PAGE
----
• In Autumn 2010 the £100 million Empty Homes Programme was launched to bring empty properties into use.
  • In January 2011, Andrew Stunell MP press released a policy initiative to bring empty homes back into use.
  • In November 2011 a ‘Laying the Foundations: A housing strategy for England’ announces Community Grants Programme of £30m targeted at non-registered providers, along with an extra £50m for empty homes to engage Local Authorities. It also states the desire to see RSL’s partnering with community led, self-help groups. (Nov 2011)
  • Grant Shapps Housing Minster comments  ‘the superb work that these housing schemes are already doing shows the scale of what can be acheieved when community self-help is combined with cash incentives from the Government...more projects like these will get people into housing, provide valuable employment skills, create better places to live and at the same time give councils extra cash to tackle homelessness and spend on the local community’. (DCLG, Feb 2011).

Impact on practice

  • TSRC has helped monitor take up of the Government’s Empty Homes Programme. In Summer 2011, 70 expressions of interest were submitted by self-help housing groups, demonstrating the potential for ‘non-registered providers’ to take-up the programme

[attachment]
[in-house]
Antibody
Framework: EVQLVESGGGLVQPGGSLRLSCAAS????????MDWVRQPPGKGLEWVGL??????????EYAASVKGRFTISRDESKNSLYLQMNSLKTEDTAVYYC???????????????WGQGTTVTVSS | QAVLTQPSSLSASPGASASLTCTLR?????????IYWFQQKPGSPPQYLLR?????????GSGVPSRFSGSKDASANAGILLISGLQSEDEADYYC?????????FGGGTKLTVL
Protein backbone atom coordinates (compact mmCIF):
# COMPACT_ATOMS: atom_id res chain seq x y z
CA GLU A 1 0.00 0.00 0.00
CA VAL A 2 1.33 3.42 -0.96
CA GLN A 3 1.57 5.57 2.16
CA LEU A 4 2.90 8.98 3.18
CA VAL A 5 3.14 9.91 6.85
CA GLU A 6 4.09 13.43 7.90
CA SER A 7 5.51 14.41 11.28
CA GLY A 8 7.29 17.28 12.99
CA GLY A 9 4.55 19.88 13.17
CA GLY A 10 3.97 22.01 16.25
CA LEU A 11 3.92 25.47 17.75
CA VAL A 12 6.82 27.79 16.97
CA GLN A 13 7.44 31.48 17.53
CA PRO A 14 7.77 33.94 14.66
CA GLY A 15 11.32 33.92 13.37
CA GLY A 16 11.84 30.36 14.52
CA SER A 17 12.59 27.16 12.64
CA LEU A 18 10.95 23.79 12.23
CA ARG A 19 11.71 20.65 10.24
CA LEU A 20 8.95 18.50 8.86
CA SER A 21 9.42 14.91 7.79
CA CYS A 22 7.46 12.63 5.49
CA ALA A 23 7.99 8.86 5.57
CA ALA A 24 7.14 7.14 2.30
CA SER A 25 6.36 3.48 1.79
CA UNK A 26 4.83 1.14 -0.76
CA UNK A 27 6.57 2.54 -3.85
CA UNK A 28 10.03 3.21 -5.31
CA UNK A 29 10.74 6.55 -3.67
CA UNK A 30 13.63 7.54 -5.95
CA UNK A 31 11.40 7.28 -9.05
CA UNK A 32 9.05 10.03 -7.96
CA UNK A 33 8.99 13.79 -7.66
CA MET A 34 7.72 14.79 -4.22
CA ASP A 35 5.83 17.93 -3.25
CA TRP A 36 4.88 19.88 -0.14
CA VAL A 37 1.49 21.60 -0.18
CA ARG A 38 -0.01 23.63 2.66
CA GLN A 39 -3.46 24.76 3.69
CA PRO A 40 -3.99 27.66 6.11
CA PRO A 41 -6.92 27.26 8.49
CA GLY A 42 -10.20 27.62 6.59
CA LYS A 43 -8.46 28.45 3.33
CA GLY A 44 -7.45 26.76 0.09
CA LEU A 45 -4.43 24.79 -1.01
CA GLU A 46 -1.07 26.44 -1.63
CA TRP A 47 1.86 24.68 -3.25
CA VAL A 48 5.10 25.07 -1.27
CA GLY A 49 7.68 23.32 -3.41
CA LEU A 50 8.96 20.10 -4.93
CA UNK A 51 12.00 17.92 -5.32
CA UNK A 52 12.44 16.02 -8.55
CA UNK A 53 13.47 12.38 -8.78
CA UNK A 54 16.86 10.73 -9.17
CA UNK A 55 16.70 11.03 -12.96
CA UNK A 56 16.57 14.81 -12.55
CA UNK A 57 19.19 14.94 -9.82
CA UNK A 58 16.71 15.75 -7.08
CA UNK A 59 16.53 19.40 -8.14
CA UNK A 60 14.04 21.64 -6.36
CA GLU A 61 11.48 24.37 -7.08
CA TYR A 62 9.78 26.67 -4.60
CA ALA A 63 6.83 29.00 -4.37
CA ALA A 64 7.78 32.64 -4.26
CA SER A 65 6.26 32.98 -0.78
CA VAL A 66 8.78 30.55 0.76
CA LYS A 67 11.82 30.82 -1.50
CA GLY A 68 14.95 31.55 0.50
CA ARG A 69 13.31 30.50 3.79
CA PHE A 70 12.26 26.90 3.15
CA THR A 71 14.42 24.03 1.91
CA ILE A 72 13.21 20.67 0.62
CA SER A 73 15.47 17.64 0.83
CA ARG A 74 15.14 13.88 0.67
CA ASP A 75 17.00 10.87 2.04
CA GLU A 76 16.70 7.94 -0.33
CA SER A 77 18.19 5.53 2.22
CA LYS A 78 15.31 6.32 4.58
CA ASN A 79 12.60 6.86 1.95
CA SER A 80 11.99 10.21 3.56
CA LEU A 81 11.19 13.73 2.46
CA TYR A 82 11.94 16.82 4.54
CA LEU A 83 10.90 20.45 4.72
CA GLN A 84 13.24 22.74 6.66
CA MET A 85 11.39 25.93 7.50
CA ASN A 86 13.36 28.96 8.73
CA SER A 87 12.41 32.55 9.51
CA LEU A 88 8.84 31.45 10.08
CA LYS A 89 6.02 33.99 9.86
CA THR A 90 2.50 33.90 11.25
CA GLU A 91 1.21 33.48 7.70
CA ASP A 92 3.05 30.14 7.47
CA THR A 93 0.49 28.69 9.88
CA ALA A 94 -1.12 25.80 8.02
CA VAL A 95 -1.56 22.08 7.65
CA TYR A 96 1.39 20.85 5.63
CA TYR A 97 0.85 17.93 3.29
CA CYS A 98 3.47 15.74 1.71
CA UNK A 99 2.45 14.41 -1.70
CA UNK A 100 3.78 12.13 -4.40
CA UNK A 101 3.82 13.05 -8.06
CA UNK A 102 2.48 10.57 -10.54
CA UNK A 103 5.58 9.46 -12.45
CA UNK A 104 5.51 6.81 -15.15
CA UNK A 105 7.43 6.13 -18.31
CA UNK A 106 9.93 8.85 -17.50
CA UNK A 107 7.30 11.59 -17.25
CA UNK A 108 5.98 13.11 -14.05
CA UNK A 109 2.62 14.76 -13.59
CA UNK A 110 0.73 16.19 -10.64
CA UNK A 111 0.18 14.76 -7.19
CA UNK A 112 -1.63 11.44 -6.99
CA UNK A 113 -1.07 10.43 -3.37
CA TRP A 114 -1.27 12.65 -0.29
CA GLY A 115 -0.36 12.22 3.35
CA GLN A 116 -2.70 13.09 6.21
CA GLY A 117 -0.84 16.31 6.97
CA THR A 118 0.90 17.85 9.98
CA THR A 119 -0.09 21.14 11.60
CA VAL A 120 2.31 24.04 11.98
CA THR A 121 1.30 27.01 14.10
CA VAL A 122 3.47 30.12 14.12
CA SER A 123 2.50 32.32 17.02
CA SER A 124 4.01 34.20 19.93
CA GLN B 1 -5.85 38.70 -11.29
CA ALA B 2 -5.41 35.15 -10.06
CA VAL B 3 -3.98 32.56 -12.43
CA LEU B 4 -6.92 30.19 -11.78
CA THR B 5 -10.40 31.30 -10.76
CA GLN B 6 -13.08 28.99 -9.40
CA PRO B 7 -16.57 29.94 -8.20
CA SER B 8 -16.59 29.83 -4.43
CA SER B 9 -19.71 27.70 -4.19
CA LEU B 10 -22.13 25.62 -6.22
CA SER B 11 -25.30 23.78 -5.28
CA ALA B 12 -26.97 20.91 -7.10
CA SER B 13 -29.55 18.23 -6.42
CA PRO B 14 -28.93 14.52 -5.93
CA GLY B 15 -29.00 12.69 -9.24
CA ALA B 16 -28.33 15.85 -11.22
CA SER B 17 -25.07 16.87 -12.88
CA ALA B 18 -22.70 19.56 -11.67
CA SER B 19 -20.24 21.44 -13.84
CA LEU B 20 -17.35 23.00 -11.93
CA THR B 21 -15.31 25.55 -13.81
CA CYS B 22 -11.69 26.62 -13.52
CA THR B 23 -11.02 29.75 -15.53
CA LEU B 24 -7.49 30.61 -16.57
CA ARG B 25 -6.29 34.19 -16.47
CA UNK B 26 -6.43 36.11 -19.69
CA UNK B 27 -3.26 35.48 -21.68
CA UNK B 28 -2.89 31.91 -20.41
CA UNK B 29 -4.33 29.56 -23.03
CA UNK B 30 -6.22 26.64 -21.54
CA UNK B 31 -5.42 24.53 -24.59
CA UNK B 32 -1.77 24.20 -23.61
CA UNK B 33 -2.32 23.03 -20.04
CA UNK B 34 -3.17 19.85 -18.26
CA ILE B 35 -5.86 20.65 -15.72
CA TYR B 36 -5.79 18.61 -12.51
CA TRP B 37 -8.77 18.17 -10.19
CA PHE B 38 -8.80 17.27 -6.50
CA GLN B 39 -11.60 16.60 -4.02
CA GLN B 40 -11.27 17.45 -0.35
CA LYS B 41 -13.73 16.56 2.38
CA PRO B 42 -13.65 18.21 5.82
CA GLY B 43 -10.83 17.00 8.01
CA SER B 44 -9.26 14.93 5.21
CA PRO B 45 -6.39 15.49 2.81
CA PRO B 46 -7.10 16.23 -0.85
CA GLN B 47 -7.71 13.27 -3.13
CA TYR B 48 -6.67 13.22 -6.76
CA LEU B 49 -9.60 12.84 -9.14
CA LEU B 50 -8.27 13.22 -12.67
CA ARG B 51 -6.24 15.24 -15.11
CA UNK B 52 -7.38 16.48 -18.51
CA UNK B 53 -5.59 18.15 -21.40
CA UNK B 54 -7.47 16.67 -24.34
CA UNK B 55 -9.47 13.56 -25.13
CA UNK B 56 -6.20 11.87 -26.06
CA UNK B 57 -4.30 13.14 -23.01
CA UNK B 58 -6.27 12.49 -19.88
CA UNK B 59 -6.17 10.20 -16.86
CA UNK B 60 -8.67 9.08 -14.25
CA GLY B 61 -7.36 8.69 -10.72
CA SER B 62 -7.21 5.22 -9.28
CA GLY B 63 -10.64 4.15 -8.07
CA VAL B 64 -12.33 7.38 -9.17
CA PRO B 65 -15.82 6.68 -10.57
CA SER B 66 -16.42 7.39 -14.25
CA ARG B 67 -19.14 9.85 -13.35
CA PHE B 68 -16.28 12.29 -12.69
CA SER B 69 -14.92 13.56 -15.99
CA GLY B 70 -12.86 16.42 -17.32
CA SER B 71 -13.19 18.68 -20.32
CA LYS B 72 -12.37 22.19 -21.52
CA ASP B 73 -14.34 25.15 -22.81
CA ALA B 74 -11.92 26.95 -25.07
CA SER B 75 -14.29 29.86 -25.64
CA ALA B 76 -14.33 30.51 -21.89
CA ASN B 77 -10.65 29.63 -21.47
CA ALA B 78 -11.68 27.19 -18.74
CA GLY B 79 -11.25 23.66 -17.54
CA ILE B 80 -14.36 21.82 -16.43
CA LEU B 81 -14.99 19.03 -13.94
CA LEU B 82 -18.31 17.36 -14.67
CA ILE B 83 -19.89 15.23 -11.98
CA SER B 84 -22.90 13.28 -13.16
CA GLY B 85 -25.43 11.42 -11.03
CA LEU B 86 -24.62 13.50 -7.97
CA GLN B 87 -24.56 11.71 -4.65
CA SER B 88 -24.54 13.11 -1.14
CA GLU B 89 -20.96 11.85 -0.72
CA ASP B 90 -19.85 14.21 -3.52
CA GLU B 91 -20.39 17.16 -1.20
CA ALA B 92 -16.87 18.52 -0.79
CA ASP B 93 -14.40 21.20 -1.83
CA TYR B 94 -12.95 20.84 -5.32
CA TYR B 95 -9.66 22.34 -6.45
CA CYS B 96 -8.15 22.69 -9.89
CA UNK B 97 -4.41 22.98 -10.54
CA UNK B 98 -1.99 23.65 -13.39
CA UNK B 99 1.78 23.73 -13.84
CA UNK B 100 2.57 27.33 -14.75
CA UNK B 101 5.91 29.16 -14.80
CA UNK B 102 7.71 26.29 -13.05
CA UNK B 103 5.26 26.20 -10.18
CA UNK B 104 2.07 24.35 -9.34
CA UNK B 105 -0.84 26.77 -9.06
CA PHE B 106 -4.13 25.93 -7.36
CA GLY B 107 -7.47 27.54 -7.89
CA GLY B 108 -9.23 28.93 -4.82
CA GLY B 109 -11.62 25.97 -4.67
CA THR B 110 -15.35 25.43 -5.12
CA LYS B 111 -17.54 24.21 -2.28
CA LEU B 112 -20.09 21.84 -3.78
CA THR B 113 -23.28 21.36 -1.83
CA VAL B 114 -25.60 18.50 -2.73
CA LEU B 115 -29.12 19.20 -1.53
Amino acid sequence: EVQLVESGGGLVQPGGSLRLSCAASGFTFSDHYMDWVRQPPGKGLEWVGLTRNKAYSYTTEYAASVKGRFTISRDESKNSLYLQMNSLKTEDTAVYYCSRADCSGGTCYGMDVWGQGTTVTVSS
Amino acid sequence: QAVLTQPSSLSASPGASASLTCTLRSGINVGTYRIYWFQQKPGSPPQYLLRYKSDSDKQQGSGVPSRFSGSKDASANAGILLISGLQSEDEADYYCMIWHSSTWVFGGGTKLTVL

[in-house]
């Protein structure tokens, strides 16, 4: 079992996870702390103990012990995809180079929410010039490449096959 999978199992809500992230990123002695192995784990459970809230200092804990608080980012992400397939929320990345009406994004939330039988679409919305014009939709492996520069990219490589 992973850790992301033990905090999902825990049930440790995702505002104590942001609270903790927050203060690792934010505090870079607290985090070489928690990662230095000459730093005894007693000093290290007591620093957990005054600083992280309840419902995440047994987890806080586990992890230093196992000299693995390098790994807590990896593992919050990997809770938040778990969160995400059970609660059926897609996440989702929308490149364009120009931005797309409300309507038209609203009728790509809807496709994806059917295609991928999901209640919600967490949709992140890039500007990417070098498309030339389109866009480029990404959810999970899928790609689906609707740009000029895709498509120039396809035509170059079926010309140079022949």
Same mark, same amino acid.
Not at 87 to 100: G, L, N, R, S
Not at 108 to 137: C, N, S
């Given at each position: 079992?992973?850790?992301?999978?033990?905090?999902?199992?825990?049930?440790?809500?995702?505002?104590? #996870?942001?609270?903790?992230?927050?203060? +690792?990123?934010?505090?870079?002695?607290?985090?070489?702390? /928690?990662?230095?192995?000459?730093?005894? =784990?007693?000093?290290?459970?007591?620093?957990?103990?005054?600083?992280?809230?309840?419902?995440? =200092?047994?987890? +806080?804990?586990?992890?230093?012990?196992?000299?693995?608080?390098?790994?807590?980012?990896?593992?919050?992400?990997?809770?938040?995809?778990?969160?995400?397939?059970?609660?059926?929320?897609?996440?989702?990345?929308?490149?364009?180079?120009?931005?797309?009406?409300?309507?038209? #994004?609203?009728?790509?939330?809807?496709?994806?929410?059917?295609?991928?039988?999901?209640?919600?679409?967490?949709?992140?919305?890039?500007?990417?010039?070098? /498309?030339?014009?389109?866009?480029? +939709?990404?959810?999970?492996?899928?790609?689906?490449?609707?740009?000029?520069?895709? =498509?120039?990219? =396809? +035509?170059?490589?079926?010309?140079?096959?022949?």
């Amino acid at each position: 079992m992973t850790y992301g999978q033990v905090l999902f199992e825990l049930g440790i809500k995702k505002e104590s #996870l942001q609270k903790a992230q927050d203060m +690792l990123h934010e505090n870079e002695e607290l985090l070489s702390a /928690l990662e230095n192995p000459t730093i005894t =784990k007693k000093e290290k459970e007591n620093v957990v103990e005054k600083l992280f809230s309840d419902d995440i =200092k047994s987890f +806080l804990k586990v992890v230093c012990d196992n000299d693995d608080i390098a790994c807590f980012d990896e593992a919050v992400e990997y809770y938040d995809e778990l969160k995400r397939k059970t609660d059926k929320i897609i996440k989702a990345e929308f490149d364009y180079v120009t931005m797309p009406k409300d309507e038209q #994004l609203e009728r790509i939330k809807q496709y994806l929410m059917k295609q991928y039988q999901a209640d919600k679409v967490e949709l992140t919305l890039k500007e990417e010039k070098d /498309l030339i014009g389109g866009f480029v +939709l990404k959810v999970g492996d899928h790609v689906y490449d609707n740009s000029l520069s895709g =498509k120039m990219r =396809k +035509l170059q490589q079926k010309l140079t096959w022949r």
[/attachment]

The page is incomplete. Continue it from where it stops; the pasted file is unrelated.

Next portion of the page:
• Tudor Trust fund a capacity building project by HACT and Self-help to enable self-help groups to develop their applications for the community grants program. TSRC research helped inform the bid.  (Jan 2012)
  • Natural England will be using the case study methodology developed by TSRC in their own work

Long term impact

We hope that our research will help self-help housing to become a more recognised and sustainable solution in the long-term. Our research continues to increse awareness of self-help housing and it's social value, helping to:

  • make it a more accepted part of initiatives to bring empty properties into use
  • increase understanding of the concept of 'meanwhile use'
  • enable a stronger network of self-help housing groups to develop to take up these opportunities. 

Ongoing research by TSRC includes:

  • Monitoring the extent to which the Community Grants programme leads to increased participation of self-help groups in the Empty Homes Programme
  • Examining how lessons from community land trusts can be applied to the development of the self-help housing sector
  • Further exploration of the social value of self-help housing and how this can be demonstrated to service commissioners.



Through joint events with BSHF and HACT, presentations at external seminars and conferences, self-help housing research has reached key stakeholders from the housing sector, central and local government, community and voluntary organisations and academia.

Media coverage:

Self-help housing research has been publicised in the Guardian, as well as in voluntary sector, local government, and housing media.


Around 600 individual people have viewed the self-help housing web pages between December 2010 and December 2011.